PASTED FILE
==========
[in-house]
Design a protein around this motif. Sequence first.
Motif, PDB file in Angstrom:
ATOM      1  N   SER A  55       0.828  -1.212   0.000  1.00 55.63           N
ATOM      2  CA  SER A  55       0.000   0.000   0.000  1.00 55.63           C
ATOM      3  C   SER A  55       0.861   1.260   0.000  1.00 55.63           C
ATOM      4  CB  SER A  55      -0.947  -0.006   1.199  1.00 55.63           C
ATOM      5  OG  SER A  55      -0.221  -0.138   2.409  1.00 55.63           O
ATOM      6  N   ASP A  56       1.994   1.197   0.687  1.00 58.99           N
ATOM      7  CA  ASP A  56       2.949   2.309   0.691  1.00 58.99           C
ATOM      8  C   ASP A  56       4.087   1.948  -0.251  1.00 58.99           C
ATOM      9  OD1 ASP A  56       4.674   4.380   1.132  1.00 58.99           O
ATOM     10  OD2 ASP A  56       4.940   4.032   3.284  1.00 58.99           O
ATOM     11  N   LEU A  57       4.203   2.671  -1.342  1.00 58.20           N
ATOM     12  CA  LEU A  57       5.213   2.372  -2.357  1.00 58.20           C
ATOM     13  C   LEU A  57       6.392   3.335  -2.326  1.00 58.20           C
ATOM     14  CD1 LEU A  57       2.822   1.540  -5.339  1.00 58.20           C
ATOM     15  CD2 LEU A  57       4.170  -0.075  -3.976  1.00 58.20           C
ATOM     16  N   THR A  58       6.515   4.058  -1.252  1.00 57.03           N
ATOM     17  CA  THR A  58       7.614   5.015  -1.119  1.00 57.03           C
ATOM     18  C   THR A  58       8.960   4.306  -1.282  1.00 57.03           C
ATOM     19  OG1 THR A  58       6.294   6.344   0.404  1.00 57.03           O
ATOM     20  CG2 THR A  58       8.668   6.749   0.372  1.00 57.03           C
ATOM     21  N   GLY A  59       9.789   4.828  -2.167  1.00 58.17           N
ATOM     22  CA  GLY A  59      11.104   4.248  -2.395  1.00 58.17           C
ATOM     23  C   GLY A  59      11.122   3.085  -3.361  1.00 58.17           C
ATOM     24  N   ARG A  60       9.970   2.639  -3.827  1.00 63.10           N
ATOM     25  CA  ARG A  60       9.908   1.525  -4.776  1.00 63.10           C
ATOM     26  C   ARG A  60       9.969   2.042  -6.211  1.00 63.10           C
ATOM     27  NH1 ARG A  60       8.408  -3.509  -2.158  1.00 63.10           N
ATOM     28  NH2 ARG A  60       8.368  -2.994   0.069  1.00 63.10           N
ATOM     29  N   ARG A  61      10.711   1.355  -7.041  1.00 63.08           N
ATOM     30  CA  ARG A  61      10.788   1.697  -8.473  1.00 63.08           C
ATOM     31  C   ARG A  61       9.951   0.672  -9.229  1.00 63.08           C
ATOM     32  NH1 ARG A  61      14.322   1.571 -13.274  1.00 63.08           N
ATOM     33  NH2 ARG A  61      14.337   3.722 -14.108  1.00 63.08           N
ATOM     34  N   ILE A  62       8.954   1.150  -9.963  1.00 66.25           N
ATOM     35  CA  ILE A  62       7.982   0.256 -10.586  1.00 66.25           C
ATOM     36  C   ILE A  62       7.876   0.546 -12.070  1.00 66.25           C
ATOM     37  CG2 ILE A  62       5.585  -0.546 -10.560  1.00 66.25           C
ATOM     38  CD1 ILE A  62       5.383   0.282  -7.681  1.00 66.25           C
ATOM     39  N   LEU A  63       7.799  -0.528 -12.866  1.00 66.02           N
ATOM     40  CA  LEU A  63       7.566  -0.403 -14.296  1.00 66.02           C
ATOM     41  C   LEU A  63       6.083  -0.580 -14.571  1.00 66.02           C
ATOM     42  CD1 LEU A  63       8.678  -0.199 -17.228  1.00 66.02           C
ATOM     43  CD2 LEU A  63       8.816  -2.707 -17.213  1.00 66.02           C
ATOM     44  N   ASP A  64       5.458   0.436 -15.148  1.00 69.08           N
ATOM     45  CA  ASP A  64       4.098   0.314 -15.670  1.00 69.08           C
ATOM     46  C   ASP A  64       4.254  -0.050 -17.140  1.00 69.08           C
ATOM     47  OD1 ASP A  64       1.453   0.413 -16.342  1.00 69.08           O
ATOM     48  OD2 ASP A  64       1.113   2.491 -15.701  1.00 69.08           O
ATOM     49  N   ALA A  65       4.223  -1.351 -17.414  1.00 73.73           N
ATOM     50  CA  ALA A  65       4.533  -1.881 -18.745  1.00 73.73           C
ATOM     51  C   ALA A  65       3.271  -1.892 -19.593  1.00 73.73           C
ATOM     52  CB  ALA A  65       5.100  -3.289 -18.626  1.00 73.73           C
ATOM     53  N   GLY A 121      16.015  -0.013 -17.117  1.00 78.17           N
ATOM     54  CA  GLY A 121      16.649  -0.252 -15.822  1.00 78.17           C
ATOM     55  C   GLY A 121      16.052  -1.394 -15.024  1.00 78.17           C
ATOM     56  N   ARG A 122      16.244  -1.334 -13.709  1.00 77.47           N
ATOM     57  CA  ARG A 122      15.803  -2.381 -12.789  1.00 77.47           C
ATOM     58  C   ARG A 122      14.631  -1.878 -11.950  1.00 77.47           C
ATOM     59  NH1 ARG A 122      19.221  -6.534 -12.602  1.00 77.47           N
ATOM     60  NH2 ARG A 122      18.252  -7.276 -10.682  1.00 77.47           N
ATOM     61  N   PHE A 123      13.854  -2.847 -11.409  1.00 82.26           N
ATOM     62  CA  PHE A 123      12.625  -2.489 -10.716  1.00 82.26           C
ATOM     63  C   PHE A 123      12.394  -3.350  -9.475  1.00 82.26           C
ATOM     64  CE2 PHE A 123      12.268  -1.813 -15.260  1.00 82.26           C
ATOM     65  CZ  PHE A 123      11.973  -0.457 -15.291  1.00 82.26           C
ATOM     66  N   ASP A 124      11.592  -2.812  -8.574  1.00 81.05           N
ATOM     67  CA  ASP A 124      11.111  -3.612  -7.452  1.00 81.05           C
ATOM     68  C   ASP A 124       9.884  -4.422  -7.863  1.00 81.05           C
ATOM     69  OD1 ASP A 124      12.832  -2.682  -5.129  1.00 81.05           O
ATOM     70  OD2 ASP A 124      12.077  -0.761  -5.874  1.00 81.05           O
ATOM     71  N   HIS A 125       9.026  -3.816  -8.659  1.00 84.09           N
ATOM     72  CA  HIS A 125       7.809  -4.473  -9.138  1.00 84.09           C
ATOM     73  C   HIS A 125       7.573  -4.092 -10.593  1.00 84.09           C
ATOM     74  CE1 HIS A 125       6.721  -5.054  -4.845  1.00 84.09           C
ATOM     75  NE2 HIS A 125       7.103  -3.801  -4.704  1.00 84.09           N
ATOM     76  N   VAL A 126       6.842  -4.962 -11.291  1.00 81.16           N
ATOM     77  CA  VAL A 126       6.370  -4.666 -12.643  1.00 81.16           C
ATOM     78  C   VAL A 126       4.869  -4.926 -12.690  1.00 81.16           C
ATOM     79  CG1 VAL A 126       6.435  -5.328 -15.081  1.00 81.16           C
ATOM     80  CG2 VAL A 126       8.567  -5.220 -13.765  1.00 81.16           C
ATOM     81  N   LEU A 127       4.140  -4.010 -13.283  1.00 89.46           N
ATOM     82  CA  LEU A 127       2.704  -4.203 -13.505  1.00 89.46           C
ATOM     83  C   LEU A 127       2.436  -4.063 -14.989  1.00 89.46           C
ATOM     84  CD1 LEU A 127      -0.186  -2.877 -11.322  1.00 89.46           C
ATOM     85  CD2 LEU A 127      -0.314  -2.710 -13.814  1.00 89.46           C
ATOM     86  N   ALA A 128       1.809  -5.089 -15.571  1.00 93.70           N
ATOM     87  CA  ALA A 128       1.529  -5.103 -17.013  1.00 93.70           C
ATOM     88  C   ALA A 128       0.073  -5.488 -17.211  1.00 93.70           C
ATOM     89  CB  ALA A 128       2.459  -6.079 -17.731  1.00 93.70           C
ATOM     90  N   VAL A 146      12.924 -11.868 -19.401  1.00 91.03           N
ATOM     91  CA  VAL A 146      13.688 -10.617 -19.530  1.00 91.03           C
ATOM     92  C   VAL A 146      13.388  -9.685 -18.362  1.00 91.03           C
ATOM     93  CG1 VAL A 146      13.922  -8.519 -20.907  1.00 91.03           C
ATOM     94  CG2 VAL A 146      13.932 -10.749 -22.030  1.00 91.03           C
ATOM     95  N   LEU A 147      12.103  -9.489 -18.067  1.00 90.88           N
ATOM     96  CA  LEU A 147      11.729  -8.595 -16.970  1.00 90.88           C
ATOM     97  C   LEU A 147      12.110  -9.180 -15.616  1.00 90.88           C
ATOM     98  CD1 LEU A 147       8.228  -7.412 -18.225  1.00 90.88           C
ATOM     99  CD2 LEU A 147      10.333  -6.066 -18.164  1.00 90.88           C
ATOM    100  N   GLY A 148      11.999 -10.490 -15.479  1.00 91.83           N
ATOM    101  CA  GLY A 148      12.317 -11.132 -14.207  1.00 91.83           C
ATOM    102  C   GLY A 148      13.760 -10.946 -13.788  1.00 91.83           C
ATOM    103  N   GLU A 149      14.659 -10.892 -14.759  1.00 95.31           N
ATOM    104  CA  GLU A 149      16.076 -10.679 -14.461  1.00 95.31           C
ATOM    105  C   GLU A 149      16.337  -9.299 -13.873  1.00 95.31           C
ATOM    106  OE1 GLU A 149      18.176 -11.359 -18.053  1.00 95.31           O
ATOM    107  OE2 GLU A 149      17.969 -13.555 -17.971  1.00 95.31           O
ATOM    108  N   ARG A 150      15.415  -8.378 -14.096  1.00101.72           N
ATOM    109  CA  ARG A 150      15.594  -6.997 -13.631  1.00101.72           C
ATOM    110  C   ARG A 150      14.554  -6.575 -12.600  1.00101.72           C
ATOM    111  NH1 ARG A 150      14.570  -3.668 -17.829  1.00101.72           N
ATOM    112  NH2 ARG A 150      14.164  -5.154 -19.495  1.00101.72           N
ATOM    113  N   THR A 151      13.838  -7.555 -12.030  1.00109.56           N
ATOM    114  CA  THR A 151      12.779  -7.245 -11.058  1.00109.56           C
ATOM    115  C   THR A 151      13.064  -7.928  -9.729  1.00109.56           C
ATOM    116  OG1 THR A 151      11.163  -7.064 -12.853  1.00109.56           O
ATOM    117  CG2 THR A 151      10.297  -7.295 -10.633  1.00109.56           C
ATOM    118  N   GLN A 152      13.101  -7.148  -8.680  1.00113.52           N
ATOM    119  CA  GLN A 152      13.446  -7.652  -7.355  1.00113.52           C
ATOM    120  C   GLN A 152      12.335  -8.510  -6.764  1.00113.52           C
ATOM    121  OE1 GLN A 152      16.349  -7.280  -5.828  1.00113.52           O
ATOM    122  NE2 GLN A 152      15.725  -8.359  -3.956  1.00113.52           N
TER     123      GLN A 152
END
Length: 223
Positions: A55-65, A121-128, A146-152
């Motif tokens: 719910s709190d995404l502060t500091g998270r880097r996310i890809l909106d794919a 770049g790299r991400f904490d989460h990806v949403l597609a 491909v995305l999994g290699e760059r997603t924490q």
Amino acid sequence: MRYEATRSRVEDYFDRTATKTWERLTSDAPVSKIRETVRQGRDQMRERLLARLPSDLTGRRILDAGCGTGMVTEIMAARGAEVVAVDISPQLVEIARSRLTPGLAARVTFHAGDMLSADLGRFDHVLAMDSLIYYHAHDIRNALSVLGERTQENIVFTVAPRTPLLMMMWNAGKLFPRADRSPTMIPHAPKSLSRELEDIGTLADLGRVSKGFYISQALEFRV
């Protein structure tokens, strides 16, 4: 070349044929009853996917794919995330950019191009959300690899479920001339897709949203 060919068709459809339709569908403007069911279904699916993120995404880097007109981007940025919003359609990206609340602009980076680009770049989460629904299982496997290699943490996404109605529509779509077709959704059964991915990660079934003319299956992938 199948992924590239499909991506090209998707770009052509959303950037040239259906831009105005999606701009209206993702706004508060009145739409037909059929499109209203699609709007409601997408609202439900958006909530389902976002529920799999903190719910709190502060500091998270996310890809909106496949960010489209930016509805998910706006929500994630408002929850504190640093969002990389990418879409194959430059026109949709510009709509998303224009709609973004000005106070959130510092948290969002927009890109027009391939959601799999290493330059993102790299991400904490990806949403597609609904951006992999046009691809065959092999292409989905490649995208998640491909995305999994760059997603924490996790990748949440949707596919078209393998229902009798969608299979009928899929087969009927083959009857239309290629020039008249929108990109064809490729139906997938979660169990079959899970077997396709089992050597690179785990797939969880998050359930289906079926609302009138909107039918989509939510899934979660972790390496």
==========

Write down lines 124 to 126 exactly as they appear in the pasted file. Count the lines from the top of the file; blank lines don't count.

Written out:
ATOM    121  OE1 GLN A 152      16.349  -7.280  -5.828  1.00113.52           O
ATOM    122  NE2 GLN A 152      15.725  -8.359  -3.956  1.00113.52           N
TER     123      GLN A 152